When thinking of your next day trip, think of Niagara Falls! The area has an amazing history full of characters you may have never even heard of! For example, have you heard of a teenage boy named Homan Walsh?

Homan was one of many participants in a kite flying contest sponsored by Theodore G. Hullett in 1848. Hullet was associated with the suspension bridge construction project, which would eventually link the nations of Canada and the United States of America. The sole purpose of the contest was to get a light line across the river in a section where the gorge was very deep and could not be navigated due to the incredible rapids that prevented any type of navigation at the time. Once over the river, the kite line was to be used to pull across increasingly heavier and stronger lines until a steel cable could be drawn across. Once a single steel cable was in place, construction methods of the day would provide an opportunity to construct the bridge from this single cable which would be used as a transport line for other cables and materials.

Homan Walsh was 16 when he took up the challenge to fly a kite across the Niagara Gorge. Walsh’s winning attempt came after many days of trying and long delays in the process due to difficult January weather. He worked at flying his kite from the Canadian side to the U.S. side to take advantage of prevailing winds. He was successful in flying his kite over the gorge and won the contest, along with the contest prize of $10, which was a princely sum at that time!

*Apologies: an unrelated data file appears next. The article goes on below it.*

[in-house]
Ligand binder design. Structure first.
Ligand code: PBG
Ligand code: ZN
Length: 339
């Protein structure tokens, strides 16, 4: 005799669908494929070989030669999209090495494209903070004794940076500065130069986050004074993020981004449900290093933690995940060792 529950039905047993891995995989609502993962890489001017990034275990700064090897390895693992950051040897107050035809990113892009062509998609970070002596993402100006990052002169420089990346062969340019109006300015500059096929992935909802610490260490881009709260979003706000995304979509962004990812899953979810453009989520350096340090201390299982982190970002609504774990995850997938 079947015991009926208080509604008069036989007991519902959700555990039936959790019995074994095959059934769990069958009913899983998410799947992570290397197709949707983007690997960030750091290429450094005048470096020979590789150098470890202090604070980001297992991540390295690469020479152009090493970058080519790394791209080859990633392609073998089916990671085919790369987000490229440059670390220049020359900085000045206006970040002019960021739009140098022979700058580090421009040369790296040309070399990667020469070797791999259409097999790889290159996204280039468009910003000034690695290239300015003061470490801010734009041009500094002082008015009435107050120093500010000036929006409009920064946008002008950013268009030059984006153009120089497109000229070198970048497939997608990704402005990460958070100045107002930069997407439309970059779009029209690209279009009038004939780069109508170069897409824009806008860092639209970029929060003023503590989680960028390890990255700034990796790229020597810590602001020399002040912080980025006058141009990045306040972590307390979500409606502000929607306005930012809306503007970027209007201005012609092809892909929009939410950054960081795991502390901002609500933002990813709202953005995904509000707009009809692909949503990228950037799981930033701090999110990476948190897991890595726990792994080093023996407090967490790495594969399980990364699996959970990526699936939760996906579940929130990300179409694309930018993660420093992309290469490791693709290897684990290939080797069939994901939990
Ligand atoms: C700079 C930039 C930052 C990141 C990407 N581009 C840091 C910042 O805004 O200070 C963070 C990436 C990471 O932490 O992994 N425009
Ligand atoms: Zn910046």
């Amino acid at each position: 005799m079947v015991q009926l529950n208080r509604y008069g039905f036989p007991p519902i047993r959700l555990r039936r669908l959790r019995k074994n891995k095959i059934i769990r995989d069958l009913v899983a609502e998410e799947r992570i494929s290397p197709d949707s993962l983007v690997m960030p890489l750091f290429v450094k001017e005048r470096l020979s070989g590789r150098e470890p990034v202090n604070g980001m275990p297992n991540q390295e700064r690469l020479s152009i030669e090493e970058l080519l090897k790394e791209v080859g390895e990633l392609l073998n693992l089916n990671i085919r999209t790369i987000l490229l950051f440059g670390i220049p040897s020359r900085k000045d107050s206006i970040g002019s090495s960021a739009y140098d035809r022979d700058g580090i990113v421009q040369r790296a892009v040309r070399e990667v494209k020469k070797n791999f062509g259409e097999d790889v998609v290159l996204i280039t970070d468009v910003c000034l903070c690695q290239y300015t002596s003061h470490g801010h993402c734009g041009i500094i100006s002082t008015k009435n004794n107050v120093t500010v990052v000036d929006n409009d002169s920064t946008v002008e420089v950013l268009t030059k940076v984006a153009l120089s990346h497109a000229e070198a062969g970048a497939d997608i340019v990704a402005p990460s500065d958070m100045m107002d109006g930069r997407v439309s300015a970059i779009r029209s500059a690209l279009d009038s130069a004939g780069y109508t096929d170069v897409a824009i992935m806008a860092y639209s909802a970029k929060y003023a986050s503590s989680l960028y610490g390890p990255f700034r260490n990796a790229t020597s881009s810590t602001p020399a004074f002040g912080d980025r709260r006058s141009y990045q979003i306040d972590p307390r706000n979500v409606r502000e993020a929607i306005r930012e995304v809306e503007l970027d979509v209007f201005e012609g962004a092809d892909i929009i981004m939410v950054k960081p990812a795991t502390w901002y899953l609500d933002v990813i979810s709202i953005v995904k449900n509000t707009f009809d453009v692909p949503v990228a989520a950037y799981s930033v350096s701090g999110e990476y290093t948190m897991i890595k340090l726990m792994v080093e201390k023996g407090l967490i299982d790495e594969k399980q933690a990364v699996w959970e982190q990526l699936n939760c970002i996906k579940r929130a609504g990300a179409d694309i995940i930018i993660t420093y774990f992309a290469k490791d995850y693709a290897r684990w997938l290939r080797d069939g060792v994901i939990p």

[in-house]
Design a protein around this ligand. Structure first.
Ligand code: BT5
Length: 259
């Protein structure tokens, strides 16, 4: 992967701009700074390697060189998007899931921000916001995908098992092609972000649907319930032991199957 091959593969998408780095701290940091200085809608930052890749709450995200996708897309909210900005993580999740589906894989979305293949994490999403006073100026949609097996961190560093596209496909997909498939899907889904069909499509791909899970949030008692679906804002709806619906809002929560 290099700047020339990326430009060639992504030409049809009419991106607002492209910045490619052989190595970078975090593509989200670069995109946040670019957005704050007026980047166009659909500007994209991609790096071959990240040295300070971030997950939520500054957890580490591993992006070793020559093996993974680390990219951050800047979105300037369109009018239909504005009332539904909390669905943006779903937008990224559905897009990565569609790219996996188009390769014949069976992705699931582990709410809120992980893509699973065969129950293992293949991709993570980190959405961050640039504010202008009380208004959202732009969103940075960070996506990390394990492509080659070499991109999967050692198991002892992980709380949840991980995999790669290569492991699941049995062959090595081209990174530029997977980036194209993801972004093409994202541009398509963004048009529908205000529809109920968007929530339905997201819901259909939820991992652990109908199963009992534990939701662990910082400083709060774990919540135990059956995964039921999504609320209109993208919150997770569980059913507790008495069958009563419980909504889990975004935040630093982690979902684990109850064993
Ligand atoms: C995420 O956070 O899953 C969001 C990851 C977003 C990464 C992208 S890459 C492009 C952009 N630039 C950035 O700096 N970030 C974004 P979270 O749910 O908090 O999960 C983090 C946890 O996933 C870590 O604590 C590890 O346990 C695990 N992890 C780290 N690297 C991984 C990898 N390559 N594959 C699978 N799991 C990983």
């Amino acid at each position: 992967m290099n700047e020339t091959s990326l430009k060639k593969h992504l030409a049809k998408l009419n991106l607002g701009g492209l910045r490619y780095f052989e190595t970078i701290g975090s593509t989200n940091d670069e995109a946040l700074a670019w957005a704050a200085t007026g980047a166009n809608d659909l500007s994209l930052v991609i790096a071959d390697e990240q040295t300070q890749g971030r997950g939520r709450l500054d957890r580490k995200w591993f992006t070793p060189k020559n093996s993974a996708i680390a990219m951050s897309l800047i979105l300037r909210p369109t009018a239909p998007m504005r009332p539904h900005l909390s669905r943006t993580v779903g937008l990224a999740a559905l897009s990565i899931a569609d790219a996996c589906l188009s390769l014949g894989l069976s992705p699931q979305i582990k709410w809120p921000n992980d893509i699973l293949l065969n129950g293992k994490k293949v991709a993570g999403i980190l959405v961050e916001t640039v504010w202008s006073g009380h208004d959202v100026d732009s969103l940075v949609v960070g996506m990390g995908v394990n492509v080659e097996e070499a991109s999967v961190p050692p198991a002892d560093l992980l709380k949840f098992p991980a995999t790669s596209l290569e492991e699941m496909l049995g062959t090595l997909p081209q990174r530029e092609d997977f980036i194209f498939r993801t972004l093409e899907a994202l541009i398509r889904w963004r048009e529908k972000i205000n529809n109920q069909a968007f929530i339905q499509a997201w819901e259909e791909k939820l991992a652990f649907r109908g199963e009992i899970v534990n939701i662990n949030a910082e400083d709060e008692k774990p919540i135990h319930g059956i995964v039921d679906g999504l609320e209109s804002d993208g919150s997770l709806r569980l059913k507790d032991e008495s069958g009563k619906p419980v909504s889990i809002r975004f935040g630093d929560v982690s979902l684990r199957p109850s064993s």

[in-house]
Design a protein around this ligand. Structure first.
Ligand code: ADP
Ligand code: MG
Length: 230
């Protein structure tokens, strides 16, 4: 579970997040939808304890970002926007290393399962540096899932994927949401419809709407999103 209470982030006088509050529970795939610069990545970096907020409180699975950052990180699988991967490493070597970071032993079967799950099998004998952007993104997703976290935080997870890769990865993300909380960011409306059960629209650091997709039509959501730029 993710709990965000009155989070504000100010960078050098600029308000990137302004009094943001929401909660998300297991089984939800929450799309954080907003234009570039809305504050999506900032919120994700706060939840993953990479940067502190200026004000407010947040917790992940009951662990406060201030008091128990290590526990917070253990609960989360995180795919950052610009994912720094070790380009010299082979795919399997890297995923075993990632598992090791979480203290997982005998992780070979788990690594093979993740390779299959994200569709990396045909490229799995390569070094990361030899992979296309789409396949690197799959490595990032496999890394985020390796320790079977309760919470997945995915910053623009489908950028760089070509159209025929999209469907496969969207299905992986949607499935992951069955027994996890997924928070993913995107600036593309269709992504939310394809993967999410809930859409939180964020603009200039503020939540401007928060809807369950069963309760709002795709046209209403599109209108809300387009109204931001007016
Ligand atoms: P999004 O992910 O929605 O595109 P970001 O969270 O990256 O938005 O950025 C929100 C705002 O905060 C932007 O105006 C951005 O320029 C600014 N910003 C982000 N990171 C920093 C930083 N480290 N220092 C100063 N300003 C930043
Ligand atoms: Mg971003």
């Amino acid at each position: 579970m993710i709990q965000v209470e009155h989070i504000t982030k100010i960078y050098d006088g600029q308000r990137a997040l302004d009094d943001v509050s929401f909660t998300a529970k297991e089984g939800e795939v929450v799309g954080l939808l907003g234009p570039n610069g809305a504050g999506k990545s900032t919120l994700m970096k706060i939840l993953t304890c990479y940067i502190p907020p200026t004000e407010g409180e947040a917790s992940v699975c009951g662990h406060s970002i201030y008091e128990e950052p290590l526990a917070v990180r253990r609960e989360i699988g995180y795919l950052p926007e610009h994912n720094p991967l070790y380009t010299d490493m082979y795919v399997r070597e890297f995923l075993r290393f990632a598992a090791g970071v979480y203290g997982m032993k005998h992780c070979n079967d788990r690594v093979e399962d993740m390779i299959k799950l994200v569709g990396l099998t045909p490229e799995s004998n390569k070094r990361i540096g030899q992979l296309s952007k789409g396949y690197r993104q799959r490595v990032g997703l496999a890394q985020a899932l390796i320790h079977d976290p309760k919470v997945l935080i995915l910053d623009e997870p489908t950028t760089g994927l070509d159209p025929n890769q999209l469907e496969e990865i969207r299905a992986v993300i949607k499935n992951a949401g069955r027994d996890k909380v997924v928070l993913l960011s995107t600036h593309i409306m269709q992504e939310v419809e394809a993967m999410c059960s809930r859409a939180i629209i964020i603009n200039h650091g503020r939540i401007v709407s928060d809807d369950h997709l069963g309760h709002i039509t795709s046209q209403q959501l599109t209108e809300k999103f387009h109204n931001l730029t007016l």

Although he moved out of the area as an adult, he is now buried in Oakwood Cemetery, 763 Portage Road, Niagara Falls, NY. The cemetery is located across the street from the Niagara Arts & Cultural Center so if you go to visit the site, stop into the NACC, say hello and pick up some more detailed and interesting literature on Homan!

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